The Failure-to-File Penalty

The failure-to-file penalty applies to you if you did not file your tax return by the filing deadline. This penalty is typically more than the penalty which follows from failing to pay your taxes, and for this reason it can turn into an extremely troublesome experience.

Size of the Penalty

Filing your taxes late normally subjects you to a fee of 5 percent of any money owed for each month that you did not file. It begins to accrue in value on the first day that you missed the filing date. The penalty can reach up to a maximum of 25% of the taxes you owe in failing to file.

Late Payment Penalty

This penalty only applies if you failed to pay any taxes owed by the tax deadline, regardless of whether or not you filed on time. This payment penalty is worth 0.5% of any taxes owed for every month that you do not pay. While it’s not as steep as the failure-to-file penalty, and is often waived if both penalties apply for each month you owe, it is still an important thing to be aware of.

To avoid these penalties, you should always file and pay your taxes on time. Don’t wait!

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You Missed the Tax Deadline?Now What?

Deadlines and dates get away from people all the time. In our fast-paced, hectic society, missing a deadline on occasion is practically inevitable. The good news is that if you have missed your tax deadline, there are remedies available which are not detrimental to your financial stability. The few tips below will help you understand what to do if you did miss the deadline.TaxClock

Use IRS Free File

If you have earned $62,000 or less for the 2015 tax year, you can use IRS Free File. There are forms available right on the IRS website that can be filled out online. You can also file for an extension, even though you are late, giving you until October 17, 2016 to file. Filing through Free File is one of the most secure online options and is a faster delivery option to the IRS.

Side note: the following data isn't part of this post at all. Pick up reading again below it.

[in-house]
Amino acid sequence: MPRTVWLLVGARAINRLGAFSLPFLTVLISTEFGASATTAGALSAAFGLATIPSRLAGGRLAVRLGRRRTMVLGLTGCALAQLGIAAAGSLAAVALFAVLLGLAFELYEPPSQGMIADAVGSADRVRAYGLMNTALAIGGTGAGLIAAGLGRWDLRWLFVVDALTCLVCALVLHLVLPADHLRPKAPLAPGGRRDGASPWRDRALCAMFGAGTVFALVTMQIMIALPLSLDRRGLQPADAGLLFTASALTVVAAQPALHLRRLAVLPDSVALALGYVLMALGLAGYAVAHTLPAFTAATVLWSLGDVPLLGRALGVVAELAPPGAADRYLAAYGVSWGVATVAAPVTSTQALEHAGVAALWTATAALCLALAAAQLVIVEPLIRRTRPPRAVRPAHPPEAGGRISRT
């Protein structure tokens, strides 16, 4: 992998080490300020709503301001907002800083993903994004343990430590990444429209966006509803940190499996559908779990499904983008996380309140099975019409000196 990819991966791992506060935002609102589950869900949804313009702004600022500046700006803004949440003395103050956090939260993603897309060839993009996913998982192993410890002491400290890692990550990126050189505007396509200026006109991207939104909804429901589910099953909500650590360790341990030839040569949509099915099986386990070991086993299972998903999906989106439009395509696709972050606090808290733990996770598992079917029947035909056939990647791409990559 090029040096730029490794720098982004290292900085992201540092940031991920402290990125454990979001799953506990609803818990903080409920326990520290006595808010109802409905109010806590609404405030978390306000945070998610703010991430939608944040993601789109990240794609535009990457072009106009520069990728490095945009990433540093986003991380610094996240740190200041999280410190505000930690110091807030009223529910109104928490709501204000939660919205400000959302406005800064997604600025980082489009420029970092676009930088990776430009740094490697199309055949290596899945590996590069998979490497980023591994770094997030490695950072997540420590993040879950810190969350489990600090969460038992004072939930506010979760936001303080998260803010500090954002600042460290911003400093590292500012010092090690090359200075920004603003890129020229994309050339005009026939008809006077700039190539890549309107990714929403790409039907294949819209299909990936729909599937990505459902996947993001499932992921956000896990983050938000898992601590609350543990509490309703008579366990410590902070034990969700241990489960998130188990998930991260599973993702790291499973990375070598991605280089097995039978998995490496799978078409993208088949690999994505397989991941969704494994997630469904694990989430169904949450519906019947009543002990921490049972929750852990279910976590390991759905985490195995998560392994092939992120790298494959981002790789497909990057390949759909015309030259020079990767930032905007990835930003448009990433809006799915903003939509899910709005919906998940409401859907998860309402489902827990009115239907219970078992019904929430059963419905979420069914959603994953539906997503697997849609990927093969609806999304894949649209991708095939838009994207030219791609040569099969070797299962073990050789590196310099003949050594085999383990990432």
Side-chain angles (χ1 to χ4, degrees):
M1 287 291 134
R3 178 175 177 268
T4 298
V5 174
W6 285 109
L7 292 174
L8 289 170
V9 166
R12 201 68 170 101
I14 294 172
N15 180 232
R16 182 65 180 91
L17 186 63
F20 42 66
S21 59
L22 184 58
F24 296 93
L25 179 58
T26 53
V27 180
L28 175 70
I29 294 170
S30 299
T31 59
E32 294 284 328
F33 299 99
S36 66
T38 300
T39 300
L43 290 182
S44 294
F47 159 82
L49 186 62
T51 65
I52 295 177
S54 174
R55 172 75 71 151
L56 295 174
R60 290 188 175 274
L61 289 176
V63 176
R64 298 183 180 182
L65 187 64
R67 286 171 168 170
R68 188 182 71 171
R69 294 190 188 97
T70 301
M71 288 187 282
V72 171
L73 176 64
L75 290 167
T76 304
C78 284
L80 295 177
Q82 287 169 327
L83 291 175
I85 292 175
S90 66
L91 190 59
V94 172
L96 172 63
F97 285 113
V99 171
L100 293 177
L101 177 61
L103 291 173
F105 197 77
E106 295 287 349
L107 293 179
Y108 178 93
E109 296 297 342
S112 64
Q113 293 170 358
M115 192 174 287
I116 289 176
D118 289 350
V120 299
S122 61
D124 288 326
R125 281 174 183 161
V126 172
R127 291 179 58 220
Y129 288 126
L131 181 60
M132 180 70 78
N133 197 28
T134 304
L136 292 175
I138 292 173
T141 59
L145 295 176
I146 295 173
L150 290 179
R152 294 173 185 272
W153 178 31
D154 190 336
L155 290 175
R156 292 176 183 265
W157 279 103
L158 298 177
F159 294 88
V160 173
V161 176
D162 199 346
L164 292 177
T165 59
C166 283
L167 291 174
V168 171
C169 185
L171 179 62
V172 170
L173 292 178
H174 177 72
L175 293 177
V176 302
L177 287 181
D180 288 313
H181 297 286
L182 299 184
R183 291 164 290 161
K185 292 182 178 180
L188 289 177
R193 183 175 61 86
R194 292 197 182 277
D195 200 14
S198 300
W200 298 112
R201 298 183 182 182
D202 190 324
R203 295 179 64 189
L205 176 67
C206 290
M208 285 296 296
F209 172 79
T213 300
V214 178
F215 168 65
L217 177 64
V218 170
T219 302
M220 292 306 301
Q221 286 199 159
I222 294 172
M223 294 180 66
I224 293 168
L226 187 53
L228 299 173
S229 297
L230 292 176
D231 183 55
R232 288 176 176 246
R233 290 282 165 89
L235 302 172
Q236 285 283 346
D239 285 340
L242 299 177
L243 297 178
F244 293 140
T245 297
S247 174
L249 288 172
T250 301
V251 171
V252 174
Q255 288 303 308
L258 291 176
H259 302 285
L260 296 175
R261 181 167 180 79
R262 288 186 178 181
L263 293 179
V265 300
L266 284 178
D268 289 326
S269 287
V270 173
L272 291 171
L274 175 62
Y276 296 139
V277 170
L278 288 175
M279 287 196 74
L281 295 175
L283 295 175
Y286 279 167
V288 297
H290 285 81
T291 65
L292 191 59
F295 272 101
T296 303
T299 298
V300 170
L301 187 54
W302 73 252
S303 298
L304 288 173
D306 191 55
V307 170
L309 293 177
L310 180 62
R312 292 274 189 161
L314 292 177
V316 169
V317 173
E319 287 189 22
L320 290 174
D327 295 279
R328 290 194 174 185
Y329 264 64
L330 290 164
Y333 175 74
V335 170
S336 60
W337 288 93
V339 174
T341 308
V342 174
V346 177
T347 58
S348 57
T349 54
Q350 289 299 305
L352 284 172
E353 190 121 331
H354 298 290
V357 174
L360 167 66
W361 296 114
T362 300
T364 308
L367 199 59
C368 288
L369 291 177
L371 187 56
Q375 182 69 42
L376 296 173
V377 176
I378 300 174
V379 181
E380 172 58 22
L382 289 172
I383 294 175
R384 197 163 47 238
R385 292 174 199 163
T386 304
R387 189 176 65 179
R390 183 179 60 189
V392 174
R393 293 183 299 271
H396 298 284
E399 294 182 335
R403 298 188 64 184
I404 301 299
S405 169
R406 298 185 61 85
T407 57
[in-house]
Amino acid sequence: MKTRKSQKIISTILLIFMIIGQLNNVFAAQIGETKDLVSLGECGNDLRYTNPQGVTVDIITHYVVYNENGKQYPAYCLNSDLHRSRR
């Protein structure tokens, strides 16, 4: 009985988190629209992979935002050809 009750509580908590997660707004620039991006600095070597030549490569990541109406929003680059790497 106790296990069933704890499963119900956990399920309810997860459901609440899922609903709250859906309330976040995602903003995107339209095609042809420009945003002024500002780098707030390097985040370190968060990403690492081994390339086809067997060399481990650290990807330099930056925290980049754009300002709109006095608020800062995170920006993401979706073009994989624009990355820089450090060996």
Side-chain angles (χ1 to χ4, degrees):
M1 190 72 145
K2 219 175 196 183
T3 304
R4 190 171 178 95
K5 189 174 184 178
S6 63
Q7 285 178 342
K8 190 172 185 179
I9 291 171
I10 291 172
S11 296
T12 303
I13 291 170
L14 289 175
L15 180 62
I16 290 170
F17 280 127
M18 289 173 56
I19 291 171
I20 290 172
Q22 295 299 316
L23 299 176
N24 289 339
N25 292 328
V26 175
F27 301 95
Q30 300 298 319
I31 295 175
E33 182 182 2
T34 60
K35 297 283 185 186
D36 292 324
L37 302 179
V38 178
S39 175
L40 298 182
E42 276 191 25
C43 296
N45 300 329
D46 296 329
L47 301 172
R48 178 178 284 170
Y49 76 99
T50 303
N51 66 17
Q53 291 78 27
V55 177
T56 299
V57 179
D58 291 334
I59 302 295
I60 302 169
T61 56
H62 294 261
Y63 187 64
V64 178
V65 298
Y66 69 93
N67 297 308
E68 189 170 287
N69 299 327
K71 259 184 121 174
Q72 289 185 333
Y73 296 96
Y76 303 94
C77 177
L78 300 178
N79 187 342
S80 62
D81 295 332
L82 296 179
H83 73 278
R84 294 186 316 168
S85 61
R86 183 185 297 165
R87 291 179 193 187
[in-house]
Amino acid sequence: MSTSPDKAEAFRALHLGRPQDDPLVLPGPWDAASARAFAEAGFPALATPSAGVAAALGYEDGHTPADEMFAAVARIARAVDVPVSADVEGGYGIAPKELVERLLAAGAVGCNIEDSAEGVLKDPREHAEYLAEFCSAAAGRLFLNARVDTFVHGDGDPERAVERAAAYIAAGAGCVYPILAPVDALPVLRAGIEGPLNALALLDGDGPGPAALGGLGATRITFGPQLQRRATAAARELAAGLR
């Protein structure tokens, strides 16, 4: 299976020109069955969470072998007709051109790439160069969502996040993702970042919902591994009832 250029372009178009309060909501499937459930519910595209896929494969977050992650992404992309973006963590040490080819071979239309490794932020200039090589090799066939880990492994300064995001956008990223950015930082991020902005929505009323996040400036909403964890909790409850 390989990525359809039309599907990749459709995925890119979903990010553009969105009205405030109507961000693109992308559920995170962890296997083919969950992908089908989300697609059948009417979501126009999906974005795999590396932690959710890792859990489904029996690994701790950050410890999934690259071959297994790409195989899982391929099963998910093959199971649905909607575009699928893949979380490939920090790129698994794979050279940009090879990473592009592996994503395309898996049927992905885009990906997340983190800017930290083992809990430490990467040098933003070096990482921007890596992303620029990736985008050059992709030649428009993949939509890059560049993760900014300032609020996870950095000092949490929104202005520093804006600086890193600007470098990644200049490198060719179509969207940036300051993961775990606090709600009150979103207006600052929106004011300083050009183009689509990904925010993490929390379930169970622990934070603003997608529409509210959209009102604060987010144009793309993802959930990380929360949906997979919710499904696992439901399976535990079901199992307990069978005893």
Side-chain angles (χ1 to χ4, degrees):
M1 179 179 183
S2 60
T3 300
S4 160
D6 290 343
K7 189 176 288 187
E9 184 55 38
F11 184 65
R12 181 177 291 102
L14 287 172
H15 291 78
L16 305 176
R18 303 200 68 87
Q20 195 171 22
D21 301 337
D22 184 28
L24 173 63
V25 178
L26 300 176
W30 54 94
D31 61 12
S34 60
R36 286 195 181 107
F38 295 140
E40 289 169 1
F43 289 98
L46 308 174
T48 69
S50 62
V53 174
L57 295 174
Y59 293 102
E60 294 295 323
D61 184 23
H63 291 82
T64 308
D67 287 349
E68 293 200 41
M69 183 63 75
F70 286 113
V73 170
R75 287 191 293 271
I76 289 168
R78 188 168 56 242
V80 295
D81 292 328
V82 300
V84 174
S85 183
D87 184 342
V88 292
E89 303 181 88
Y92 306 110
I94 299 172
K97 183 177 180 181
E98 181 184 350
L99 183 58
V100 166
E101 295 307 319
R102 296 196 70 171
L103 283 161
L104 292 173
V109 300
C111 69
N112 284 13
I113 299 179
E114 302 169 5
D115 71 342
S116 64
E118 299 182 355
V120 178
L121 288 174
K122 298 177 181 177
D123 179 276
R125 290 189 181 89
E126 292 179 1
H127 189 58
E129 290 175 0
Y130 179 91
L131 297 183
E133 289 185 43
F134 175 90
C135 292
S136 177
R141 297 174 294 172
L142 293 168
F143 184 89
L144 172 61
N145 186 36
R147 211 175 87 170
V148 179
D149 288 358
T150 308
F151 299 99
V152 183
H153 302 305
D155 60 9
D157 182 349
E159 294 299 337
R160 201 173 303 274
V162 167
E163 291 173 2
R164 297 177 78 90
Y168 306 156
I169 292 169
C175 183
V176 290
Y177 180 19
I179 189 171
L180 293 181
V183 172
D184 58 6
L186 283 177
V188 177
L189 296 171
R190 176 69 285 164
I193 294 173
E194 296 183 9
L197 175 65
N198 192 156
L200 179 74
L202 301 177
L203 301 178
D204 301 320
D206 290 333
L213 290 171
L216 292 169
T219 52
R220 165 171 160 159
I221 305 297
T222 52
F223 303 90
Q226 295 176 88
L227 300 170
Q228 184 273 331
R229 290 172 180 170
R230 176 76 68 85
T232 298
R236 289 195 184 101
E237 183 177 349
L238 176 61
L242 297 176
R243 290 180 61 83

Accept the Penalty for Filing Late

Even if you miss the tax filing deadline by one single day, you will have penalties and fees for being late. You just have to accept it and be prepared to pay it, because, forgetting or not being prepared comes with consequences. Figure out what your penalties may be and put funds aside or send them in as a partial payment.

Final Word

Filing late really is not that big of a deal. Yes, it comes with penalties, but they are not as stiff as you might expect. It is best to work with the IRS and make a payment plan so that you can pay what is owed, if that is the case. Also, accept the reduced refund minus late payment fees/penalties.

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4 Ways to Start Planning for the Next Tax Season Now

Planning ahead for the next tax season should begin with the new tax year on January 1st. It is best to determine how much tax you will be expected to pay and where you can make cuts to make those savings. When you are able to plan ahead, not only does it cut down the time in your preparations, the entire process will be less stressful.TaxSeasonCalendar

View Credits for the Upcoming Tax Year